Cancer Cluster In St. Paul: Correlation Or Coincidence?
MINNEAPOLIS (WCCO) — Residents of a St. Paul neighborhood with higher than average cancer cases are wondering if it could be linked to nearby hazardous waste sites.
When Denise Gulner of St. Paul looks down her block, she knows of her neighbors’ struggles.
“We’ve got a house here that’s prostate cancer,” she said. “This one was cervical, this one was kidney.”
And the nearby grassy hill covers a story buried beneath.
From 1973 to 1984, a no-longer-existing company called Ecolotech operated out of the building and inside, the business reclaimed recycled waste from circuit boards of old computers.
But it was something outside of the building that had caught neighbor Kathy Zieman’s attention.
“I noticed some green ooze,” she said. “It might have been oil or something else coming out of the building.”
The Minnesota Pollution Control Agency (MPCA) got involved and found dozens of corroded and mislabeled barrels. Of the 30,000 gallons, many held hazardous material called metal-plating waste.
Steve Schoff, who works for the MPCA as the Superfund Program Project Manager, said the business was illegally storing and processing this waste.
At the time, the MPCA considered it one of the state’s worst hazardous waste sites. Ecolotech then got the Superfund title in 1984, meaning government dollars would be used to clean up the toxic materials.
Gulner remembers the process taking two years to complete.
“There were all these big dump trucks and then the guys came with the hazmat suits,” Gulner said.
Soon after that, she saw many of her neighbors get sick. In the eight homes on the block, 17 cancer cases have been recorded since the Superfund site has shut down – at least one in every home and some diagnosed in their 30’s and 40’s.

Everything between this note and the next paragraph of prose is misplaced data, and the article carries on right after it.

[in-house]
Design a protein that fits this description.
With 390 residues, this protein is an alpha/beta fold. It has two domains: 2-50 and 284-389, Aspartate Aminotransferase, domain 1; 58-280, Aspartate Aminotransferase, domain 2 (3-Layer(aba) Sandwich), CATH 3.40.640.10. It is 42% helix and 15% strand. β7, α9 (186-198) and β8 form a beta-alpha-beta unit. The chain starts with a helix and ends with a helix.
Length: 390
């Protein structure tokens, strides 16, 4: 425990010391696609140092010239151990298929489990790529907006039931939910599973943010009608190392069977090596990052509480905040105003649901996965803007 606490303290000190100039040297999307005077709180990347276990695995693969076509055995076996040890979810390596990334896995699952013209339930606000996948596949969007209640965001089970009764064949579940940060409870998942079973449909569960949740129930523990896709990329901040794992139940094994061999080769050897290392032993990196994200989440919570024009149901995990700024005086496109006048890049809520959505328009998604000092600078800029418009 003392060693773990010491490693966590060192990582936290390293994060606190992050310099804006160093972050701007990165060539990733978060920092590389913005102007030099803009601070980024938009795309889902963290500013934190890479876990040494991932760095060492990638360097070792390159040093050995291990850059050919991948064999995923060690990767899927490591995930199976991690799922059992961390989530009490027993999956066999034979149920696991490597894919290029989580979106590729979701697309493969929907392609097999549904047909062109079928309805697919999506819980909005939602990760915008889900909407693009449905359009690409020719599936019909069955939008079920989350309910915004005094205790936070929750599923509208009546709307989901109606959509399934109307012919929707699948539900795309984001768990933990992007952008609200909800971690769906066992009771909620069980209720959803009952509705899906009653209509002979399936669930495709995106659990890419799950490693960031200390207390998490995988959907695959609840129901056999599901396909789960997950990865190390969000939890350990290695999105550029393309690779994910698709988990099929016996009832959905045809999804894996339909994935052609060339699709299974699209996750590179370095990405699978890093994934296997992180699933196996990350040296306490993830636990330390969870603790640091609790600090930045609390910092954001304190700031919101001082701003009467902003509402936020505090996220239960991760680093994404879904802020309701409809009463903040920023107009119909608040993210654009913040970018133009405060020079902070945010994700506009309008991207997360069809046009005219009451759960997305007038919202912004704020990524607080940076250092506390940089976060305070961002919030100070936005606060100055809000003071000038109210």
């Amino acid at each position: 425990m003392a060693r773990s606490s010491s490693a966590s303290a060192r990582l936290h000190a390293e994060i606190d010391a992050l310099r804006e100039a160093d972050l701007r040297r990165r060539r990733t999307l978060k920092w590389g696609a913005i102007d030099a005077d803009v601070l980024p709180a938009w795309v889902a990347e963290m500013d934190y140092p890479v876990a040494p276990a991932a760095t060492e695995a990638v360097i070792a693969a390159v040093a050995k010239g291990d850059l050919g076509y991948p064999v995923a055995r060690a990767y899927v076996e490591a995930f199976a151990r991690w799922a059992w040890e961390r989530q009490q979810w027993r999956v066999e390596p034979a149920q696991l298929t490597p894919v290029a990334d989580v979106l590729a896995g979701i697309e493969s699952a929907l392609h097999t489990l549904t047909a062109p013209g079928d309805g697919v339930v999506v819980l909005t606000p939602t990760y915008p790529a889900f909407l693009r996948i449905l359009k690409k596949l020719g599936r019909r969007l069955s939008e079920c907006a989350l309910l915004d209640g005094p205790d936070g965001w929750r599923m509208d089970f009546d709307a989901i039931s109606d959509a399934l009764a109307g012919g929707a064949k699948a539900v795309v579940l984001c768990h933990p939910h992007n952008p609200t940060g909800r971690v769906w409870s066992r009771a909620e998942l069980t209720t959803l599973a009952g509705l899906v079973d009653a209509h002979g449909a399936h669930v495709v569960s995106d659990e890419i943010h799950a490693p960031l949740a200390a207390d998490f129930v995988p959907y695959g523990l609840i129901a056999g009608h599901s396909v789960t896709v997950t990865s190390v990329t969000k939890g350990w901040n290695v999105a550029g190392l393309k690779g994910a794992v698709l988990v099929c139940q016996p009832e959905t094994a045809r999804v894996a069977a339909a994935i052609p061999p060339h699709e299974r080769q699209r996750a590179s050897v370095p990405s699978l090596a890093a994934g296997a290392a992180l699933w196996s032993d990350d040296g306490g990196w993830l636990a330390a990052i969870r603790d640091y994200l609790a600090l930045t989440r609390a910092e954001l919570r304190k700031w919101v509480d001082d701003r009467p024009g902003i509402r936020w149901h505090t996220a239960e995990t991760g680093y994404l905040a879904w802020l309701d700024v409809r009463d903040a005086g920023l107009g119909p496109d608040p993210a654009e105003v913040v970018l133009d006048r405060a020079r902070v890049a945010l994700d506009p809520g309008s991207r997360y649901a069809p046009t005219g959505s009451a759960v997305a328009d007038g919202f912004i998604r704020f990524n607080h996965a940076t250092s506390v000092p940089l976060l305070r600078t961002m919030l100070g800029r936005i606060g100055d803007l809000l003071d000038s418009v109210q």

Gulner is one of them. She was diagnosed with breast cancer at 33.
“It’s just too many people to be just a coincidence,” she said.
John Soler has spent years studying different cancer clusters with the Minnesota Department of Health’s Cancer Surveillance System.
He disagrees with Gulner and said there probably isn’t a connection. Soler understands hazardous waste sites will capture the public’s attention, but stressed that conditions such as race, diet and reproductive habits are looked at first.
“The man-made environmental pollutants are probably a lot more important in society’s mind than they actually are in reality,” Soler said.
He says another important factor to consider is the type of cancer in each home. In the case of this St. Paul neighborhood, there are 10 types. Breast cancer, bone cancer and brain cancer are the most common.
“When you have different cancers, it usually means different causes,” Soler said.
Soler points out that this part of St. Paul would have been on city water at the time, so beyond perhaps kids playing in the puddles of liquid or it mixing with rainwater in the street, the risk of exposure would have been low.
The neighborhood does have cancer numbers that are 8.8 percent higher than the state average.
“We know that 50 percent of Minnesotans will be diagnosed at some point in their lives with cancer, and that’s not randomly distributed,” Soler said. “So, you will see on one block what seems to a lot of cancers, and on the next block over you will see what seem to be no cancers, or very few cancers. And we see that all over the state.”
The state delisted Ecolotech as a Superfund site in 1988, and said it’s no longer considered a danger.
Currently, Minnesota has about 75 active Superfund sites. The list is always being updated as sites are added, while more than 170 places are no longer considered a health risk.
Checking out what’s in your neighborhood is easy. The MPCA has an online database to search for Superfund sites. View it by clicking here and scrolling down to the Superfund site in the Activity Type drop down menu.